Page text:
This reality was experienced in the Early Church, as Paul expressed to the Corinthians later in the same passage: For the ministry of this service is not only supplying the needs of the saints but is also overflowing in many thanksgivings to God. By their approval of this service, they will glorify God because of your submission that comes from your confession of the gospel of Christ, and the generosity of your contribution for them and for all others, while they long for you and pray for you, because of the surpassing grace of God upon you. Thanks be to God for his inexpressible gift! (2 Corinthians 9:12-15)
When our global partners express their truest and highest words of thanksgiving, these words are directed to God. As Paul explained to the Corinthians, the recipients of their gifts repay kindness with affection and prayers—they long for you and pray for you. This is a tremendous contribution. I cherish their prayers! But above all, Paul says, the simple act of sharing overflows in many thanksgivings to God…they will glorify God… What a joy to know that there’s something we can do so that somewhere else in the world, there’s an increase in the glory and praise of God!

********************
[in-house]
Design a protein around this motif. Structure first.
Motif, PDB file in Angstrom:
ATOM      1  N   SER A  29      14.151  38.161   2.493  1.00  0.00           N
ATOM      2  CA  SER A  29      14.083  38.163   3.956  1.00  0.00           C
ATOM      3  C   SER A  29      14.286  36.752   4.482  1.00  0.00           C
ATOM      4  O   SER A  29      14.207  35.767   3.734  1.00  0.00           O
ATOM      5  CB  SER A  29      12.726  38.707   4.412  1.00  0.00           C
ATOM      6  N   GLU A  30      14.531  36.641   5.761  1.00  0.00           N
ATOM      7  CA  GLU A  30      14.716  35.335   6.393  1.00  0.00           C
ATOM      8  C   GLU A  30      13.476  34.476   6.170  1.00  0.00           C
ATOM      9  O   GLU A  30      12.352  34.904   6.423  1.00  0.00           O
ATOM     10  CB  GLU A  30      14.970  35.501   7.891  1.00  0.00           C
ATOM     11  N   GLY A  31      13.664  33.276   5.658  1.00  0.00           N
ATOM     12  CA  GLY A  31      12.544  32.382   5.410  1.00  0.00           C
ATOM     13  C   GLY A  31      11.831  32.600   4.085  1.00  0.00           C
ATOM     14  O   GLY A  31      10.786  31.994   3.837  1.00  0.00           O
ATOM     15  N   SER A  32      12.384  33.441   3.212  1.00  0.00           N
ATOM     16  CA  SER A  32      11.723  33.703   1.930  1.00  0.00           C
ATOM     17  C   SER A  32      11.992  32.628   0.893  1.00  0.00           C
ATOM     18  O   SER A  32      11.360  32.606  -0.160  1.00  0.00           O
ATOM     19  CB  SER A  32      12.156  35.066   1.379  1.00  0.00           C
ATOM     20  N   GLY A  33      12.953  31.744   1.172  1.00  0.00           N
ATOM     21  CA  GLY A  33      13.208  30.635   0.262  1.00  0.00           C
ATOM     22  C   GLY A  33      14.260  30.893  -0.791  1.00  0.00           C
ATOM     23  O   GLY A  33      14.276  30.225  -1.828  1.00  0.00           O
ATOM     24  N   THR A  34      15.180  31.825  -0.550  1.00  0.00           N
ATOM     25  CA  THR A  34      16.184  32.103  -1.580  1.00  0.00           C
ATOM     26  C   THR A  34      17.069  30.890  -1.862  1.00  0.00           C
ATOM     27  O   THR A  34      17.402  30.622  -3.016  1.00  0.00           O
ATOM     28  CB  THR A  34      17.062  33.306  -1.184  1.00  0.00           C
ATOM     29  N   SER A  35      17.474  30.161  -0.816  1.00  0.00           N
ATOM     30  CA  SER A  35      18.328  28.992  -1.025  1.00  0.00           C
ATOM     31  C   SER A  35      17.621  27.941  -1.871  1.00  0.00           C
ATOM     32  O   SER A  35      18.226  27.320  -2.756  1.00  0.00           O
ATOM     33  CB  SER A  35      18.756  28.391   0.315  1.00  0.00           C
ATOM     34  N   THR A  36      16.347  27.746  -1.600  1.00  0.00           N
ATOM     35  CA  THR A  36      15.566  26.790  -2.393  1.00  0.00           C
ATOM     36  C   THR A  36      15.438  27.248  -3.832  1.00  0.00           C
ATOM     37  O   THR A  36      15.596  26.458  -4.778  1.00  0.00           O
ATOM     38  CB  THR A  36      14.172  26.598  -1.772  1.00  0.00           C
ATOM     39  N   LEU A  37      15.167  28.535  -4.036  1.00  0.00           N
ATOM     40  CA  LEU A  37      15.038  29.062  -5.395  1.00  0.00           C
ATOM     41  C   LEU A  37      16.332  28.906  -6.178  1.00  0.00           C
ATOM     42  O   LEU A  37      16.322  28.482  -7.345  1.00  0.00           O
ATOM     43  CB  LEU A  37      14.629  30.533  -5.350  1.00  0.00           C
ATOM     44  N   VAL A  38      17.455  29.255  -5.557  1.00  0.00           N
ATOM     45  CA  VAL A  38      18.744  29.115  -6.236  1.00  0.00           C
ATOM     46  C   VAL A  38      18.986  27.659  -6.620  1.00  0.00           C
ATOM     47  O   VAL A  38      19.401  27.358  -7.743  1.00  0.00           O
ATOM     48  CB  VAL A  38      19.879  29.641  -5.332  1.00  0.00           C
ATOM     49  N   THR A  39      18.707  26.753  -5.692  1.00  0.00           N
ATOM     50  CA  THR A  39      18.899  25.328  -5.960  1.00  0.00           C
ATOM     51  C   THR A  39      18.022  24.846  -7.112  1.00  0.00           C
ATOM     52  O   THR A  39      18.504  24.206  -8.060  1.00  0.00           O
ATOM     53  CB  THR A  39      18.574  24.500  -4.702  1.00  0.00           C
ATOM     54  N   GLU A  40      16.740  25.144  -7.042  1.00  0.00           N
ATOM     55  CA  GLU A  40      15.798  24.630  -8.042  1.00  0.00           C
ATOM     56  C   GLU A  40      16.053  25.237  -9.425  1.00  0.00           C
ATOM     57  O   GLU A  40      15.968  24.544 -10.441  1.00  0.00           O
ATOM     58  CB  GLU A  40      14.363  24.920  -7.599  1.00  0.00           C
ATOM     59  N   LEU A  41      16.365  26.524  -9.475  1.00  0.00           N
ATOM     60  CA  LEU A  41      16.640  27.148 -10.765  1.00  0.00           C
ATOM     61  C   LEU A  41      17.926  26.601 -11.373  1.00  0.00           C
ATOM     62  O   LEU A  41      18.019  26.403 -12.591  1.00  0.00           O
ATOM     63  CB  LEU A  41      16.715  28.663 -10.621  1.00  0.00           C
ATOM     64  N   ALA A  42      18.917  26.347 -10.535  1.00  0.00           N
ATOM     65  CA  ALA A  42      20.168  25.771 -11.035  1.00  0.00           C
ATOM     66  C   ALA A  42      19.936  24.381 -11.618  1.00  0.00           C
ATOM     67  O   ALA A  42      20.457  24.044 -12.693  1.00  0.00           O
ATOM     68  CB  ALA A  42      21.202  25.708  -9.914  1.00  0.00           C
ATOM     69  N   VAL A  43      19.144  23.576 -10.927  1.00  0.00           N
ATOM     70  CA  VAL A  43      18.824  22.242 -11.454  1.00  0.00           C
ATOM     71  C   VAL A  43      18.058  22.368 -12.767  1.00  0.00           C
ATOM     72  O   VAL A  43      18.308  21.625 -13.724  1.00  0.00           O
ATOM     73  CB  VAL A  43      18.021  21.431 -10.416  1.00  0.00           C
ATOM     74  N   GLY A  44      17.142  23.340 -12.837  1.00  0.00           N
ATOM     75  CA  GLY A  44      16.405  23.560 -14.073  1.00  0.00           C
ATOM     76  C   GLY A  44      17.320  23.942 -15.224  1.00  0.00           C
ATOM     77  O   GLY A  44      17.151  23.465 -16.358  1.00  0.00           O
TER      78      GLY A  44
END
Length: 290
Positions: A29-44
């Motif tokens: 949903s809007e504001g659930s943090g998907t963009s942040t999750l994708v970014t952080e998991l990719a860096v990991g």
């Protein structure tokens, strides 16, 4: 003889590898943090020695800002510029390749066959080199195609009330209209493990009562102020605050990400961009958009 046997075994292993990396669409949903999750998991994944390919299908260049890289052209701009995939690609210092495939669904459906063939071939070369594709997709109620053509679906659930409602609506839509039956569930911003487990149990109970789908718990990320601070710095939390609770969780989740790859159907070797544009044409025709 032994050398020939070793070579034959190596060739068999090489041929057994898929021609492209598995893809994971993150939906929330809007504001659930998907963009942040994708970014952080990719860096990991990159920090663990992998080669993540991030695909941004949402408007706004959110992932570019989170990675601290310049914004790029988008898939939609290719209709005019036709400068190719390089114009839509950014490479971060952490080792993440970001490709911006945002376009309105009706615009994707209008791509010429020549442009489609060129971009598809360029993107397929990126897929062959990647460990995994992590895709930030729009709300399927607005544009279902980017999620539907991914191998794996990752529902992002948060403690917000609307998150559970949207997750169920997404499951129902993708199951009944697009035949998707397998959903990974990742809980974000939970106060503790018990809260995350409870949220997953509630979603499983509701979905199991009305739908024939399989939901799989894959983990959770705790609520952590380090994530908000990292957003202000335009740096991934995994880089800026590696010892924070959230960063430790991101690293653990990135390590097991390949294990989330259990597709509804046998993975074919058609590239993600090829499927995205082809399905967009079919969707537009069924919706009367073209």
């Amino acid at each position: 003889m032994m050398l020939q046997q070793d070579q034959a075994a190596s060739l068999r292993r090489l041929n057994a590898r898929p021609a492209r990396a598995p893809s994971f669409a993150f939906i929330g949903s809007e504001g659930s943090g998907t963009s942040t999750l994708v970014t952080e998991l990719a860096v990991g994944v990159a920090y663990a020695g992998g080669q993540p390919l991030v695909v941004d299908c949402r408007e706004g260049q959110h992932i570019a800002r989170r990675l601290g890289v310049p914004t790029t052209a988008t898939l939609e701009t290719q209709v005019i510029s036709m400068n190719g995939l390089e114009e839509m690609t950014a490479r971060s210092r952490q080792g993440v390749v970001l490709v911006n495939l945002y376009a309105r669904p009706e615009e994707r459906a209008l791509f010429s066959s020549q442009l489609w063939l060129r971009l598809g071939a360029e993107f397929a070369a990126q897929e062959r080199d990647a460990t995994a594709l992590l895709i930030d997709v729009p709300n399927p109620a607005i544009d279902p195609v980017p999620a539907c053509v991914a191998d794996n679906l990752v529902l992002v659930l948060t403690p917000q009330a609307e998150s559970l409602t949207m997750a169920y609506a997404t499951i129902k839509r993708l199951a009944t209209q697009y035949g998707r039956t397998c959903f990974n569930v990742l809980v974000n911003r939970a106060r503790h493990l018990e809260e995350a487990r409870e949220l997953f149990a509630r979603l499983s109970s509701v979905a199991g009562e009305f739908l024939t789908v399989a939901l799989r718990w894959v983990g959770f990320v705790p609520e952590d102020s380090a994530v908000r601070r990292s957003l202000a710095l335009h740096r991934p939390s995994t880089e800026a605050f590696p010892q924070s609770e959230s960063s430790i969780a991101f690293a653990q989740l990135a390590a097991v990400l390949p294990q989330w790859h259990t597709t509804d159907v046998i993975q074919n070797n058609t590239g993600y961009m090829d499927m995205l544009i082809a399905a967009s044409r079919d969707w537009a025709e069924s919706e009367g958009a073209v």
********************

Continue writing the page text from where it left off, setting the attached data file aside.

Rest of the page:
The virtuous circle is complete. We are all beneficiaries. It begins with God’s lavish gift, His Son. Through Jesus, we receive the gift of salvation by grace. Our gratitude flows outward in generosity. The needs of God’s people are met. They are filled with gratitude for our expression of God’s grace. Their own generosity is poured out in acts of self-giving service, and they praise God for his goodness. In turn, we declare with them, Thanks be to God for his inexpressible gift!
Linda Adams is the director of International Child Care Ministries — the child sponsorship program of the global Free Methodist Church. Before becoming ICCM director, she served as a Free Methodist pastor for 17 years.2